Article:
The Last Years of the War; the Battles of Arginusae (406 BCE) and Aegospotami (404 BCE). The Thirty Tyrants

The final Module brings us to the end of the fifth century and beyond. The charismatic Alcibiades persuaded his fellow citizens to invade Sicily. Eventually they were routed. Along with the events of the end of the war, we will consider the social and economic importance for Athens of foreign residents (metics) and slaves. Despite the catastrophe in Sicily, the Athenians kept fighting for almost a decade. After their final defeat, they endured a period of oligarchic domination and a brief but vicious civil war. Although they resolved it with a general amnesty, it is likely that the lingering anxiety contributed to the prosecution and conviction of Socrates in 399 BCE. In response to prior learners’ requests, the module ends with a lecture about Philip II and Alexander the Great. The Macedonians also offer a salutary reminder that Greek history is a capacious subject that should not be artificially limited to the Classical period.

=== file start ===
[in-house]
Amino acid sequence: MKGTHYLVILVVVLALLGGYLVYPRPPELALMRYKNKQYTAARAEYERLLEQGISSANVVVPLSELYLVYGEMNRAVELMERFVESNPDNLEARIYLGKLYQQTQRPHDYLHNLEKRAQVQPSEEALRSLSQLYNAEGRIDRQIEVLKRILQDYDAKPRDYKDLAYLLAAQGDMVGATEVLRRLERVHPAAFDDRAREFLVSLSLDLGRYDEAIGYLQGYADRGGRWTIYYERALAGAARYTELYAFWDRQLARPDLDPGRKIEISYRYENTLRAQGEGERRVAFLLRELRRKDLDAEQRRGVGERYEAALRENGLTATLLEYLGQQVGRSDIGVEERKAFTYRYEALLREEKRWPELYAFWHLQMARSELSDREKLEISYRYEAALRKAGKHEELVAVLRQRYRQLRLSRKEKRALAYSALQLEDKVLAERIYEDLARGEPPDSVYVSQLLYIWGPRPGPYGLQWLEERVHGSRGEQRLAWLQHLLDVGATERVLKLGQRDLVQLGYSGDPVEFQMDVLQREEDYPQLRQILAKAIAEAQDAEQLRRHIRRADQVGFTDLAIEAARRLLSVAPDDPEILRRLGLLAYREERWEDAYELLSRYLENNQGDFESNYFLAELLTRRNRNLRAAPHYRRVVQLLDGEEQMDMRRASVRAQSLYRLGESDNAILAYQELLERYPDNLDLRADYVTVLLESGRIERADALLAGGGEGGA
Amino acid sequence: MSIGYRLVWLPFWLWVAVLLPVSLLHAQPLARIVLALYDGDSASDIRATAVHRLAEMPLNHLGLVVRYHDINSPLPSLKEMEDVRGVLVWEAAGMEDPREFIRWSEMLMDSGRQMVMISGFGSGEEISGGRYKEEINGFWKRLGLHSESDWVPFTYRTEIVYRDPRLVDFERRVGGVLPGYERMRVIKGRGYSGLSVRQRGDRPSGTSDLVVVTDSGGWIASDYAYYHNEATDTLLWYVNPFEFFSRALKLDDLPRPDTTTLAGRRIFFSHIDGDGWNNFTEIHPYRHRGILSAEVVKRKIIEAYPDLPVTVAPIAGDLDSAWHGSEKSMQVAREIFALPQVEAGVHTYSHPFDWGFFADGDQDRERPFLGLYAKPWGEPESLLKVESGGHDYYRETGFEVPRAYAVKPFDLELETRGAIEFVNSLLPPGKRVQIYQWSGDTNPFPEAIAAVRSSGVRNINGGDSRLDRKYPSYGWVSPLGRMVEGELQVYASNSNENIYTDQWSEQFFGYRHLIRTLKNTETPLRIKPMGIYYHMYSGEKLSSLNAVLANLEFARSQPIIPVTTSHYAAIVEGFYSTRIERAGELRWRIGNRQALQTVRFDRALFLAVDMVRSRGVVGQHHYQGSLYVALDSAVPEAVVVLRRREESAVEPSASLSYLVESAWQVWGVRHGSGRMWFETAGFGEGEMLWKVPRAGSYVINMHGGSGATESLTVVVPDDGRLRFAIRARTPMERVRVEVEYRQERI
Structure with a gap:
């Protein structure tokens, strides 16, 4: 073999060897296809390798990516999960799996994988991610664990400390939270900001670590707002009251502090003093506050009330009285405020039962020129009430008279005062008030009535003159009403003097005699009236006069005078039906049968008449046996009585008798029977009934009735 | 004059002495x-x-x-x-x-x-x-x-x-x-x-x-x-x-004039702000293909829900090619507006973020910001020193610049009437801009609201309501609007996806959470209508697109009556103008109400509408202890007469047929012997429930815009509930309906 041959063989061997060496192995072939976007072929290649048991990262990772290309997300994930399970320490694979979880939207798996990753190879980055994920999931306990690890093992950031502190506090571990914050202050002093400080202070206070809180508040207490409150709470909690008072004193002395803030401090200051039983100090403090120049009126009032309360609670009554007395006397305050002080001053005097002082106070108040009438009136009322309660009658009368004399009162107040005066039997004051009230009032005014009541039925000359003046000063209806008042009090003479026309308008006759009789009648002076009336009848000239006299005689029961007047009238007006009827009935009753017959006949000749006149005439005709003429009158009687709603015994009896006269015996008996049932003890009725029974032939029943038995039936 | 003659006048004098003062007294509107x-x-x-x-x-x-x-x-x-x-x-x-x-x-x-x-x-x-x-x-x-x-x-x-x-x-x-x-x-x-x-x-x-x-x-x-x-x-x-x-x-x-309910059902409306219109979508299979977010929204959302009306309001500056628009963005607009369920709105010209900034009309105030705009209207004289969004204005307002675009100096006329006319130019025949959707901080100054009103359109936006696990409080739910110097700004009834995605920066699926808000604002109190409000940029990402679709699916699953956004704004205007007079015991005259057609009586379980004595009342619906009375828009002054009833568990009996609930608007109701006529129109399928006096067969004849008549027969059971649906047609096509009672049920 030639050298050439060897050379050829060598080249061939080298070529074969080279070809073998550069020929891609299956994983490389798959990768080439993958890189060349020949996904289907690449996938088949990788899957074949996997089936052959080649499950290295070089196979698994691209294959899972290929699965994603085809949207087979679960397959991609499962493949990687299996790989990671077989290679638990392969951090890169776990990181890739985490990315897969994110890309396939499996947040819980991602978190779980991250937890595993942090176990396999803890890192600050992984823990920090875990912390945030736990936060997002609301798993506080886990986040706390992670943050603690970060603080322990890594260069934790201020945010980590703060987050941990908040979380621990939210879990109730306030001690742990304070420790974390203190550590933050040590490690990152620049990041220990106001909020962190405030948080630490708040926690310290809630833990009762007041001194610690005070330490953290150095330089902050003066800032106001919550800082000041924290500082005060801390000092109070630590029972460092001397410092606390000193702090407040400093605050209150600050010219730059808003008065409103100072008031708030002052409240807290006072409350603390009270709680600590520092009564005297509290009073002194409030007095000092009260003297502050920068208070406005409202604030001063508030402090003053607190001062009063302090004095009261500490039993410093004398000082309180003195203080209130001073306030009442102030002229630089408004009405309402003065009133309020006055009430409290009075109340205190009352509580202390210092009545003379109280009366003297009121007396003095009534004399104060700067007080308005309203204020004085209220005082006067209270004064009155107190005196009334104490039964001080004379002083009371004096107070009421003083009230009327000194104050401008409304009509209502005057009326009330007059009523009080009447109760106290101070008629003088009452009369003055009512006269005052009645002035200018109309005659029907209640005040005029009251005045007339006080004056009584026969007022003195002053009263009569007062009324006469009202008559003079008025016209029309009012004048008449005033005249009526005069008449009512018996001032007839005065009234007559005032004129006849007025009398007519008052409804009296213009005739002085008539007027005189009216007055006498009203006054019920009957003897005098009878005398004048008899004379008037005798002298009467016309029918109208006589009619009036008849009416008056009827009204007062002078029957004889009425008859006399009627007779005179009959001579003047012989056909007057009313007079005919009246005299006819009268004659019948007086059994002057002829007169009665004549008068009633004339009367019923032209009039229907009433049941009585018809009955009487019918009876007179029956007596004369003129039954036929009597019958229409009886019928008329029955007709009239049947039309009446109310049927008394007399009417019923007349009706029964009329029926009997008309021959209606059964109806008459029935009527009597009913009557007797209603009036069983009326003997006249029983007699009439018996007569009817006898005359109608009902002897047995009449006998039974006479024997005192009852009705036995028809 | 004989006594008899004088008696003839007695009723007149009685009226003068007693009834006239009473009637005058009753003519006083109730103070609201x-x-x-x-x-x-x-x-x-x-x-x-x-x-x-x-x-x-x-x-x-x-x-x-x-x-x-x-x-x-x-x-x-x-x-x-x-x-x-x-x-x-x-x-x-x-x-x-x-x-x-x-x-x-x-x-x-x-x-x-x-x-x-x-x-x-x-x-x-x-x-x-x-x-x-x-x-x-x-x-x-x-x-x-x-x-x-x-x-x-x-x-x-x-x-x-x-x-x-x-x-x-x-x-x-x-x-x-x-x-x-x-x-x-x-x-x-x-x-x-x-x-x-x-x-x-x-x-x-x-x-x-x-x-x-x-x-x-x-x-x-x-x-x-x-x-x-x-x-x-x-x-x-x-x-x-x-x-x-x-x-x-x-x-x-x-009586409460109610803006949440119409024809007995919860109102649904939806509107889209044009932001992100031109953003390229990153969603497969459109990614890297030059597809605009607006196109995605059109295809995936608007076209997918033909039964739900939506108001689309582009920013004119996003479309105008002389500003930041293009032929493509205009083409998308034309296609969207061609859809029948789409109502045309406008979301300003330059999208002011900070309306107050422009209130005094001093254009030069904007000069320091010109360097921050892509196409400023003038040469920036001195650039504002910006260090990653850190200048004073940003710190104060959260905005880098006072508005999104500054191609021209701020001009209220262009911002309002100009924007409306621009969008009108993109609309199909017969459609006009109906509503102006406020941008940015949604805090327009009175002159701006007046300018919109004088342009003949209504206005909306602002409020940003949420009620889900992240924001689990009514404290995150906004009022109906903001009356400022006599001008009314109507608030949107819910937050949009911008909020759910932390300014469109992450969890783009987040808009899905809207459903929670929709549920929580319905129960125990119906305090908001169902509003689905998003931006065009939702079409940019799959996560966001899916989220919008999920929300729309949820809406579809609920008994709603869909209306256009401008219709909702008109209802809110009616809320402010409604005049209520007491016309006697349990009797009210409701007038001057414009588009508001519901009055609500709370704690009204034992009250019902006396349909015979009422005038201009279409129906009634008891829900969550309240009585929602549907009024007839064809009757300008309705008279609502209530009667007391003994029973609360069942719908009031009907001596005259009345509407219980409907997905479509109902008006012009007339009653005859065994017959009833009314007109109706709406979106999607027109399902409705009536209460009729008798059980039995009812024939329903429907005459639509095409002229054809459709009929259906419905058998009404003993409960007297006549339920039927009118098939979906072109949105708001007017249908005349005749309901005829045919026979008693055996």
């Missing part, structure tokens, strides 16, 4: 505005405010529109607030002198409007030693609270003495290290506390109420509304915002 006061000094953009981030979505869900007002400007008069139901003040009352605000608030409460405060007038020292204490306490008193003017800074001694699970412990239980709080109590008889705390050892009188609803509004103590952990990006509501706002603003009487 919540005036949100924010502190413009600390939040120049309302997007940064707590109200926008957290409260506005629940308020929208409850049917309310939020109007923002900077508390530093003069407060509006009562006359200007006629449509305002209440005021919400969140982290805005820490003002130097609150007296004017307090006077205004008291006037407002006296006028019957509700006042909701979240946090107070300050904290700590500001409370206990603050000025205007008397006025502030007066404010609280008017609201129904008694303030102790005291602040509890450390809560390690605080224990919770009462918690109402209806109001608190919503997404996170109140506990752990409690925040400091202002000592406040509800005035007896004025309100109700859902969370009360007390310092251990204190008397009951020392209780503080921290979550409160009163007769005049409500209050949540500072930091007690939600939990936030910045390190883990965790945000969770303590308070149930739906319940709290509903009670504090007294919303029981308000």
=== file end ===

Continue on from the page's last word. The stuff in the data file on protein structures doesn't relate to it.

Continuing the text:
Wesleyan University
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